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Gardening in the time of quarantine |

Modern Living

Gardening in the time of quarantine

CITY SENSE - Paulo Alcazaren - The Philippine Star
Gardening in the time of quarantine
Landscape architect Cecile Herras-Tence prunes her Kaffir lime to keep it healthy.

This week we visit three more quarantine gardens to see how people have been able to cope with the crisis through time spent in their gardens.

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Feedback is welcome. Please email the writer at Erratum from last week’s article — IP Santos has four daughters, not three: Joni, Suzy, Gigi and Tina.

Cecile buffers her garden from neighbors using colorful hibiscus and bougainvillea.

Cecile Herras-Tence, landscape architect

We first visit Cecilia Herras-Tence, who worked as a senior associate for National Artist IP Santos. She was also former president of the Philippine Association of Landscape Architects. Cecile lives in a gated village in Parañaque.

Paulo Alcazaren:  How often do you tend to your garden?

Cecile Herras-Tence: As often as I can, but especially when I need to clear my head.

Cecile believes that gardens must all tell a story and hold surprises.

Do you have a favorite plant?

I don’t really have any favorite; they all bring great joy to me even if my rhinitis does not agree!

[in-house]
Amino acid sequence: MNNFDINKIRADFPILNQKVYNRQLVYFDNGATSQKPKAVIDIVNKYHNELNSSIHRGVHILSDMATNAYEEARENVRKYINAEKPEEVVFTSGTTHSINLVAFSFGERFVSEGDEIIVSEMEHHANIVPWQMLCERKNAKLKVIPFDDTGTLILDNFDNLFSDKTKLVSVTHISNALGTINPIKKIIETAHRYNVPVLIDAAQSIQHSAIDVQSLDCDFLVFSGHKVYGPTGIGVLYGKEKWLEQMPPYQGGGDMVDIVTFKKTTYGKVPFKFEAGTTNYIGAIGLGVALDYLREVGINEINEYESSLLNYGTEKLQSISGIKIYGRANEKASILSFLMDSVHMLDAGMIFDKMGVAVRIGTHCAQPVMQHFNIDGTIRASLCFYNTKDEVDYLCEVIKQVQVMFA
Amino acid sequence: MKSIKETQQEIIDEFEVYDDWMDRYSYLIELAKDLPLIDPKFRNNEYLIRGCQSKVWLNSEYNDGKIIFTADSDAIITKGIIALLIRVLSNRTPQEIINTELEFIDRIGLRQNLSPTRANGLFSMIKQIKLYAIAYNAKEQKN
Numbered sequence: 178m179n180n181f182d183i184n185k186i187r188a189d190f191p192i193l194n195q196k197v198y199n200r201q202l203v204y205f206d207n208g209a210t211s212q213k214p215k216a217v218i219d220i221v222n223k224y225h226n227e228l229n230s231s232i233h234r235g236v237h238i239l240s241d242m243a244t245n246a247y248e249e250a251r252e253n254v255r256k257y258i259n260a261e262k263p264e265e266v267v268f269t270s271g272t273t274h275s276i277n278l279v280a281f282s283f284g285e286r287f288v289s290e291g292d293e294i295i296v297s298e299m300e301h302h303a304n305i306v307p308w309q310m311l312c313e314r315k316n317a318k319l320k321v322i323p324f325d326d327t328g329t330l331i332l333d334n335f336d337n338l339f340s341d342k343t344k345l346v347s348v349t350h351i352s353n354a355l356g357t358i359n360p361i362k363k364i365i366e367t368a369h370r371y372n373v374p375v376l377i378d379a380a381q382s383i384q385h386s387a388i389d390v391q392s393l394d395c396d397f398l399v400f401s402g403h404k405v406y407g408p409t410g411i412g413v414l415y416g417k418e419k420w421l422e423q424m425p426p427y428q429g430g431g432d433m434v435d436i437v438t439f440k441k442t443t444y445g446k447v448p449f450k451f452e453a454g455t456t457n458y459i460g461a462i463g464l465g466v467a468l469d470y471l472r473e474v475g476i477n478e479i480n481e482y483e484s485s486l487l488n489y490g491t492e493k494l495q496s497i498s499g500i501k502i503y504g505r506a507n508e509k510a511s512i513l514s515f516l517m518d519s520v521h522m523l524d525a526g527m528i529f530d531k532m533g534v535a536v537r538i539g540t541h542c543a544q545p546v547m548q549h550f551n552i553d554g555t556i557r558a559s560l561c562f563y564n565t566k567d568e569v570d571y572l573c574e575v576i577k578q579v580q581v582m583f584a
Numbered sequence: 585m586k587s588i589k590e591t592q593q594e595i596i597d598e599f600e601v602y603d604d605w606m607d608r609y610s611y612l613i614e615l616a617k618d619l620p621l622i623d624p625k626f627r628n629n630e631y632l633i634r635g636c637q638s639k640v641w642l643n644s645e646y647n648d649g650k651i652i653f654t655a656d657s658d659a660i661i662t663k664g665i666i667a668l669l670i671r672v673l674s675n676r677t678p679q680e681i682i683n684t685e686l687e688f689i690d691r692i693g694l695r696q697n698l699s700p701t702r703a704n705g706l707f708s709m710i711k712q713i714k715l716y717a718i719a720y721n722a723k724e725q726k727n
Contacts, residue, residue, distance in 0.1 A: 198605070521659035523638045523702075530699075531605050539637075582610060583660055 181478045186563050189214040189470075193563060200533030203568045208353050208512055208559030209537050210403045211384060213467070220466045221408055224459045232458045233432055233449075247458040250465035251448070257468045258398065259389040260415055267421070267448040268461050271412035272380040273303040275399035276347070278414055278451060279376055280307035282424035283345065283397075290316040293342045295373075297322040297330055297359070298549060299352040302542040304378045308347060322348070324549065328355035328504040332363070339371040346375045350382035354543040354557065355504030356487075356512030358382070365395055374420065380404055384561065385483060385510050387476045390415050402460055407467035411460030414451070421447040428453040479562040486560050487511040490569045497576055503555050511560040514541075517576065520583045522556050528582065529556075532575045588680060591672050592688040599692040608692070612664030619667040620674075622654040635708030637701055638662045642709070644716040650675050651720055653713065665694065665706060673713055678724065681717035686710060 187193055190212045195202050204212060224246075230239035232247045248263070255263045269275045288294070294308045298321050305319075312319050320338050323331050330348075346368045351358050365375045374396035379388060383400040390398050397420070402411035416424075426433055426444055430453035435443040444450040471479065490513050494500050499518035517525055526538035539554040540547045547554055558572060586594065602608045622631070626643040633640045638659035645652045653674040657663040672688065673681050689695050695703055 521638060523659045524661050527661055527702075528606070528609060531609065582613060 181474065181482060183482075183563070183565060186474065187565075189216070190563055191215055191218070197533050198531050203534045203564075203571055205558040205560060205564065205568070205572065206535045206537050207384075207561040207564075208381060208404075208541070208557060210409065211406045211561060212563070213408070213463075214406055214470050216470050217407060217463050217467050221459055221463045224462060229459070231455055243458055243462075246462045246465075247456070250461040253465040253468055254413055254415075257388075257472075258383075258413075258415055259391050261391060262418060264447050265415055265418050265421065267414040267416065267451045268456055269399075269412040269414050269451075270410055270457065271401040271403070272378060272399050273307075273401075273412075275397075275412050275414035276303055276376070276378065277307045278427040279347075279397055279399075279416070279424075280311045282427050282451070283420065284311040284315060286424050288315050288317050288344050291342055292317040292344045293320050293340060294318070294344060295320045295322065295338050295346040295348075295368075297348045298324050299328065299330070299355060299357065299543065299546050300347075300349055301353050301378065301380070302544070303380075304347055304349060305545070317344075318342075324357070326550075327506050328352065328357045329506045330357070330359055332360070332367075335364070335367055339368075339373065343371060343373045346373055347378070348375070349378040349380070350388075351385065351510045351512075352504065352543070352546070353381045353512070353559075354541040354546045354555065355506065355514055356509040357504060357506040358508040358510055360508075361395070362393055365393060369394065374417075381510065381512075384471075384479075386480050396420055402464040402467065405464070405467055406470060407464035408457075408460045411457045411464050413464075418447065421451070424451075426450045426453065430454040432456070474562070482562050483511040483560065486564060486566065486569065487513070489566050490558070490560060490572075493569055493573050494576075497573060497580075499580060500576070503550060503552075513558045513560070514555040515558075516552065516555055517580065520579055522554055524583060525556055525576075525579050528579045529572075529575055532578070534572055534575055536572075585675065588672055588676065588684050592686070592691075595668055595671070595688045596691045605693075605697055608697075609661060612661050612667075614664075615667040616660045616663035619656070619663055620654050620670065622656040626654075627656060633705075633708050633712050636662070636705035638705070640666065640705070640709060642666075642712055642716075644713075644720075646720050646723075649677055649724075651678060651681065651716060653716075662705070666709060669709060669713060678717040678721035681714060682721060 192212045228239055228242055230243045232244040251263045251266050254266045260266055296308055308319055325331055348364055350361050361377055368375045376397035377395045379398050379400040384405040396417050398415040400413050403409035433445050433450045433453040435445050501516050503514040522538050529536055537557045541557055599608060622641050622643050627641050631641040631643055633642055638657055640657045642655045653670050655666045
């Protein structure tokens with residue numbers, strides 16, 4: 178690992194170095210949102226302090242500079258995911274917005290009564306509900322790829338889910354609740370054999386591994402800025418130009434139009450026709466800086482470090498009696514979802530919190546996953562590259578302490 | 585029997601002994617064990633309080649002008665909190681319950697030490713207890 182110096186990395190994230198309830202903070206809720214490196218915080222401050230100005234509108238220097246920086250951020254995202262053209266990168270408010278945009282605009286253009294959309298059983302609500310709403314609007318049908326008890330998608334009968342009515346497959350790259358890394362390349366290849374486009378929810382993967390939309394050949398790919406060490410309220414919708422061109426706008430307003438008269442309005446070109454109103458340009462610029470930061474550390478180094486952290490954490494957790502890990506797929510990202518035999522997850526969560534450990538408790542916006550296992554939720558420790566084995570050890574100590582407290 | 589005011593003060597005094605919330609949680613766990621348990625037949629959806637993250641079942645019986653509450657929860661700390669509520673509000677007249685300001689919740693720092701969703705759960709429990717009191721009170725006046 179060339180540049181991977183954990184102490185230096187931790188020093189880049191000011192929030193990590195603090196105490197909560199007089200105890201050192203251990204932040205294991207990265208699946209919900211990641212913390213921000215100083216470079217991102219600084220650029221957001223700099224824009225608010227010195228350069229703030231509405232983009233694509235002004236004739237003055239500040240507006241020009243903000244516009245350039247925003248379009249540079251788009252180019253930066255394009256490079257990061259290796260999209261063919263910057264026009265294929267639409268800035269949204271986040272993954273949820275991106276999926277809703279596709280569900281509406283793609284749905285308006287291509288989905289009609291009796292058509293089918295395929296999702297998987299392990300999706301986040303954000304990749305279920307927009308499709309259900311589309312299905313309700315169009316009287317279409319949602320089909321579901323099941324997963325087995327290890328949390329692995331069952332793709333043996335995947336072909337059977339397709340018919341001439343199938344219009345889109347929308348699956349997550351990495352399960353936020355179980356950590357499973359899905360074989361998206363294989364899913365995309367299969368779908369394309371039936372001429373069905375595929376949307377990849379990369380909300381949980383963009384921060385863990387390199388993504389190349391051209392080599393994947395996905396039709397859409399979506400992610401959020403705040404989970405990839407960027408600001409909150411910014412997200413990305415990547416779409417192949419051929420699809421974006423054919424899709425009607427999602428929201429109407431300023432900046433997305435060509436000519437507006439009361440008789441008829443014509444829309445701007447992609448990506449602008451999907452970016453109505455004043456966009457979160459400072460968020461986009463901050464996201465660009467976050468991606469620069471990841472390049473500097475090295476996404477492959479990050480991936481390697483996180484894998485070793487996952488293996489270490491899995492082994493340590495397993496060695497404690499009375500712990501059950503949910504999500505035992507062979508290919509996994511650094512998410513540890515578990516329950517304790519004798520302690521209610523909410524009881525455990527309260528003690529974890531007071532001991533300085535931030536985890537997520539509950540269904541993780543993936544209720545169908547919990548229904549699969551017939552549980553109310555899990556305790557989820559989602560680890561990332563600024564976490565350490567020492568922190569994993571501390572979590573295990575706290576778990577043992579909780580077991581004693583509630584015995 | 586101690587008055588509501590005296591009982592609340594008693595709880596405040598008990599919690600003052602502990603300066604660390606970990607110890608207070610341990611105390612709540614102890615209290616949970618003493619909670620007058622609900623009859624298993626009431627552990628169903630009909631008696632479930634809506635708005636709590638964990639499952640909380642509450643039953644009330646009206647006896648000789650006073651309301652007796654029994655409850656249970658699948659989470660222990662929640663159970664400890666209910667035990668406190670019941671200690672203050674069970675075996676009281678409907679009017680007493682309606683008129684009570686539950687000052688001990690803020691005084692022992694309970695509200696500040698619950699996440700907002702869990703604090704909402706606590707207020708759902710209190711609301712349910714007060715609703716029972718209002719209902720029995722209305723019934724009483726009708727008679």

Did you learn any garden secret from IP Santos?

Yes, I learned a lot from IP. One of the most important lessons was to respect and design plants according to their natural habit of growth; that even what people consider as “weeds” also has ornamental value.

He also taught me that gardens are not merely for aesthetics but each element in it must convey a purpose and contribute to making a unified picture. There must be a story and an element of surprise.

Do you think gardening helped you cope with the quarantine?

My garden has always been my go-to space when I need to be alone or when I need to shake off the stress. During the quarantine, it has given me more reason to be thankful that I have my happy place!

What do you grow for the kitchen/dining table?

Mostly herbs for cooking. I have laurel, oregano, tanglad, Kaffir lime, calamansi, and curry. I also grow pomegranate, figs, Persian plums, Acerola, Berba, Mindanao cinnamon, Miracle berry, ampalaya, cucumber, squash, macopa, Rio Grande cherry, jaboticaba, Sugarloaf pineapple, and bell pepper.

How big is your garden and how long did it take to establish?

It’s about 150 sqm. and we moved here in 2008. So it’s been roughly 12 years of happy gardening. My garden is also a laboratory of sorts where I try out new plants that come out on the market.

Architect/poet Cesar Aljama on his favorite trabeaza garden bench

Cesar Aljama, architect and poet

We move on to the garden of an architect with a green thumb. Cesar G. Aljama is also a Palanca Award-winning poet. Cesar lives in Bae, Laguna, beside Los Baños, which is blessed with ideal garden weather year round.

Have you always gardened?

Cesar Aljama: Yes, but sporadically. The quarantine brought me back. I found myself trimming wayward branches, weeding, cultivating the soil, and watering. I regrouped plants, taking into consideration the sizes, colors, shapes, textures of the leaves, and overall appearance… to improve the garden’s design.

Cesar’s greenery extends to his interior spaces: He rotates his plants every few weeks.

What are your favorite plants?